(Bloomberg) -- Vale SA, once the most generous dividend payer among major mining companies, may be poised to regain that status with its chief executive officer nearing debt targets and unwilling to hoard cash or rush into deals.
Like others in the industry, the biggest producer of iron ore and nickel cut dividends to defend against a commodity downturn that eroded profit and pushed up debt metrics. With prices recovering as supply gluts ease, producers are once again rewarding shareholders. In March, Vale approved a plan to begin paying at least 30 percent of earnings before items minus sustaining investments. For the first quarter, that meant $1 billion.
But the new policy sets out minimum payments, meaning Vale can go far beyond what the formula lays out, CEO Fabio Schvartsman said in an interview Friday from Bloomberg headquarters in New York. And once Schvartsman reaches his $10 billion debt target later this year, he’ll focus on shoveling out more cash to shareholders.
“For the time being, we are not going to use cash for anything else other than paying a lot of dividends,” he said. “Minimum according to the policy, but possibly much higher than that.”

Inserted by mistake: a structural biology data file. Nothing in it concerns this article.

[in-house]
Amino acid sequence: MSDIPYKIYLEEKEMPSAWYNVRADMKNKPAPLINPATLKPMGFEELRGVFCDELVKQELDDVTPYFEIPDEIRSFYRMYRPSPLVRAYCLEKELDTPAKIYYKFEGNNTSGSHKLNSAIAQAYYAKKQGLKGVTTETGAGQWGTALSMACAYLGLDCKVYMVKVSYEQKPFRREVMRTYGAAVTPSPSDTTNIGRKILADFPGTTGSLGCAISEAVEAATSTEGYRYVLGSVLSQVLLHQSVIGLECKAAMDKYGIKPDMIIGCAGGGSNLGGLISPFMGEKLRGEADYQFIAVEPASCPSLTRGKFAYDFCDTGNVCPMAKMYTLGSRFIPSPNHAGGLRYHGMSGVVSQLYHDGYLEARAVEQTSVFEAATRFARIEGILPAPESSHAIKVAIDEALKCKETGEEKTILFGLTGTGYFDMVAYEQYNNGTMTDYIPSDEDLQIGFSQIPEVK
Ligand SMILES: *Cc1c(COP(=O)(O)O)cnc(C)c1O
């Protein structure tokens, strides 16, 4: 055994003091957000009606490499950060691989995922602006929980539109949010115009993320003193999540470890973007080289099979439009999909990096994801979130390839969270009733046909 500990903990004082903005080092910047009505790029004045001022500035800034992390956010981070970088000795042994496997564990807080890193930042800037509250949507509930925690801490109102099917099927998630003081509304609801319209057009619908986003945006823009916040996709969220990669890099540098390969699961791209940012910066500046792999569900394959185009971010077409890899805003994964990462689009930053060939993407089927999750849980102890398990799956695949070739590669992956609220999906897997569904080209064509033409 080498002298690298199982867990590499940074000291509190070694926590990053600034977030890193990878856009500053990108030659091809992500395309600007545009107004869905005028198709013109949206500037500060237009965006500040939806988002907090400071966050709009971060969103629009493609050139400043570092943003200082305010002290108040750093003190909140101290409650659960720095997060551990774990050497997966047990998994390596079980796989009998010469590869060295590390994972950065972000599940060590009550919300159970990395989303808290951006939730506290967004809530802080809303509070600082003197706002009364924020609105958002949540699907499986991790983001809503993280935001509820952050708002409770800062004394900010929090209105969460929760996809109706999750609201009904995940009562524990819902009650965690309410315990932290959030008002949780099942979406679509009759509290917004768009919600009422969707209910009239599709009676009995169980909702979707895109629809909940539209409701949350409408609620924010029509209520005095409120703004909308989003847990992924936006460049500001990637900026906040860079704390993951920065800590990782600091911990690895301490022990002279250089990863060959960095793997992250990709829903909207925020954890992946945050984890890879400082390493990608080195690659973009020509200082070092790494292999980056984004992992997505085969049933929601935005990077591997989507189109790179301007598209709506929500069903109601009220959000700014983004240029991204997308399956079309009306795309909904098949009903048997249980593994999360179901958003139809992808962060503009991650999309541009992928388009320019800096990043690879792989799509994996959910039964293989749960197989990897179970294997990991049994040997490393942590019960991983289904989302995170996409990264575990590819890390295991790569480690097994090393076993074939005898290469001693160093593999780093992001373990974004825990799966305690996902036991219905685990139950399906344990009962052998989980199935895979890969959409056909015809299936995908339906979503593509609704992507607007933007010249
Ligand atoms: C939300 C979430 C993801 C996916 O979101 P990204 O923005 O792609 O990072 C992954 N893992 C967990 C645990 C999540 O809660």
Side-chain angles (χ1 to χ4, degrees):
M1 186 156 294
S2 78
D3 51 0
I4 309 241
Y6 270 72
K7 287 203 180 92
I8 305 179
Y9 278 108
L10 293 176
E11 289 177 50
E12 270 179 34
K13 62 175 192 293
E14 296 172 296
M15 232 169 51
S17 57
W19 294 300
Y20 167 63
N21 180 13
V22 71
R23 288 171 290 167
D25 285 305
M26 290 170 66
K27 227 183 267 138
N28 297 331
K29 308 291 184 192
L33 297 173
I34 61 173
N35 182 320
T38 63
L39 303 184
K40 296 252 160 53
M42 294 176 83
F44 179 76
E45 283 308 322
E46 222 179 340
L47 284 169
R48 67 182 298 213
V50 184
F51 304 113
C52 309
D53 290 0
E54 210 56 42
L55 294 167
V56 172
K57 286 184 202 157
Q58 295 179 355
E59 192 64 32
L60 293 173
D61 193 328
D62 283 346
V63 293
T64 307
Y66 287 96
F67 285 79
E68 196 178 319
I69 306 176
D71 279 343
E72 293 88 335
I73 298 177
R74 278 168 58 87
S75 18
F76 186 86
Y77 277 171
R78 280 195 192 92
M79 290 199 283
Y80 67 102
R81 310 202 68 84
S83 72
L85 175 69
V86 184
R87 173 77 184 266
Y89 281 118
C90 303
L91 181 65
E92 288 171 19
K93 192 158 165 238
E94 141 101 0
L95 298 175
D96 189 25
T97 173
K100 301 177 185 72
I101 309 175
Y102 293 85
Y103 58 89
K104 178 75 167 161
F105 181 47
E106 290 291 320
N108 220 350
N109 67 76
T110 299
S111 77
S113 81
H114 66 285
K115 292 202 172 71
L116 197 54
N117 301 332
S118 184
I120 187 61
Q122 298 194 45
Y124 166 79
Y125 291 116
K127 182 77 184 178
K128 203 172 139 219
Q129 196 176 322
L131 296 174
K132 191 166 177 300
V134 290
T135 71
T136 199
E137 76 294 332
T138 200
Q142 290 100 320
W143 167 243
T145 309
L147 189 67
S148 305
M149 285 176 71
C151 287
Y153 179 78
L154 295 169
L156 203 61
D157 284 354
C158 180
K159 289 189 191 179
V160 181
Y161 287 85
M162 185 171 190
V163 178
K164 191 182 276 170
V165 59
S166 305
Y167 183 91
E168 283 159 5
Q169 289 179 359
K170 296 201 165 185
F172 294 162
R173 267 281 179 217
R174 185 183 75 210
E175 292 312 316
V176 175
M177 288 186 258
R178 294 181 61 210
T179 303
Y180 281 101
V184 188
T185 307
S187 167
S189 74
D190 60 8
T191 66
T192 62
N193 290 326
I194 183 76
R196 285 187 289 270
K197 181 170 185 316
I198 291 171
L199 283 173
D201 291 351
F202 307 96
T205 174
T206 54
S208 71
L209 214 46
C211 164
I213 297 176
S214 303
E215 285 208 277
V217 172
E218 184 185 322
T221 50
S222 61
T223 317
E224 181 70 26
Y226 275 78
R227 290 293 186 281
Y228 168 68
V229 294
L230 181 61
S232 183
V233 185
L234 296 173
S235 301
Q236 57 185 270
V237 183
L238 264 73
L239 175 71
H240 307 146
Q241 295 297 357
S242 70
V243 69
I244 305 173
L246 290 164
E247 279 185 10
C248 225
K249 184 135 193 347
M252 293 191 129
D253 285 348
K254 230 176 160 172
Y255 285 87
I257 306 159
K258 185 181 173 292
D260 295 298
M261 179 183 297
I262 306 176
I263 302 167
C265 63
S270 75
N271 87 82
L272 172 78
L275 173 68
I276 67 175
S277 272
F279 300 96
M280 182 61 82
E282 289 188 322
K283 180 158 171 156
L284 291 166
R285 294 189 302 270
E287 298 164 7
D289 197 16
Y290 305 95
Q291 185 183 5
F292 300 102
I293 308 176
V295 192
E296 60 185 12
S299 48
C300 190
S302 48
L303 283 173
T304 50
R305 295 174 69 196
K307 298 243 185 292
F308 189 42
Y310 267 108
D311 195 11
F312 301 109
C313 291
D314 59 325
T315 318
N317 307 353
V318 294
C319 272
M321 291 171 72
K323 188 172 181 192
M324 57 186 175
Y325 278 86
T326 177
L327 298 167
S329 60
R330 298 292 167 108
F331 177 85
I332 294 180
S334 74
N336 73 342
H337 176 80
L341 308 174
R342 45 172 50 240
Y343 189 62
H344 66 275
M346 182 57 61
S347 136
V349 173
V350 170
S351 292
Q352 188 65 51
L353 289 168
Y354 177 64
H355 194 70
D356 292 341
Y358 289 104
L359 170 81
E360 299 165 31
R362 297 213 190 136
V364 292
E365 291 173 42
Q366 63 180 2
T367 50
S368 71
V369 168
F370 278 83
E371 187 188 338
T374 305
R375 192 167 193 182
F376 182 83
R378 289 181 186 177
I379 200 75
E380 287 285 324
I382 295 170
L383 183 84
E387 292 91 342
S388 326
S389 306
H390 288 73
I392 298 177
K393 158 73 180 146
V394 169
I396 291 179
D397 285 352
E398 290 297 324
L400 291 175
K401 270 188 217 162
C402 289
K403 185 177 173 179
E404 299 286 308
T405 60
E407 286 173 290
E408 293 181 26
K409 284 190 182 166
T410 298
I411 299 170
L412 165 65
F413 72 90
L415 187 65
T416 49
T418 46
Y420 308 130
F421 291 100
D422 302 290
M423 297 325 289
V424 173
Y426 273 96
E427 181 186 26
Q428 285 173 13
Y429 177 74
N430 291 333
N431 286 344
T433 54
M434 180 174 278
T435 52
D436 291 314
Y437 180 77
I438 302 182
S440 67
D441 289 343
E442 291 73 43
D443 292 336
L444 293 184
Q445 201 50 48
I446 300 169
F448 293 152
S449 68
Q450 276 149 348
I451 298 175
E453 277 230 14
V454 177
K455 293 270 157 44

Vale, which just two years ago rivaled Glencore Plc as the world’s most indebted mining company, has lowered net debt more than any other major rival in the past year. That’s partly thanks to a shift toward new high-quality iron deposits in northern Brazil at a time of rising demand from Chinese mills seeking to boost profit and limit emissions.
The prospect of lower debt and higher dividends has helped fuel a doubling of Vale’s shares in the same period, more than twice the gains of its main iron competitors, Rio Tinto Group and BHP Billiton Ltd. The company has also been divesting assets and reducing high-cost output after a deal spree and subsequent price downturn drove up leverage.
Now Schvartsman is holding off on major investments at nickel mines in Canada and New Caledonia to avoid the mistakes of the past. That’s good news for shareholders seeking greater immediate benefit from the industry’s recovery.
“Cash allocation is everything in this industry,” he said. “I don’t want to have cash in the company because it pressures everybody into the wrong decision.”
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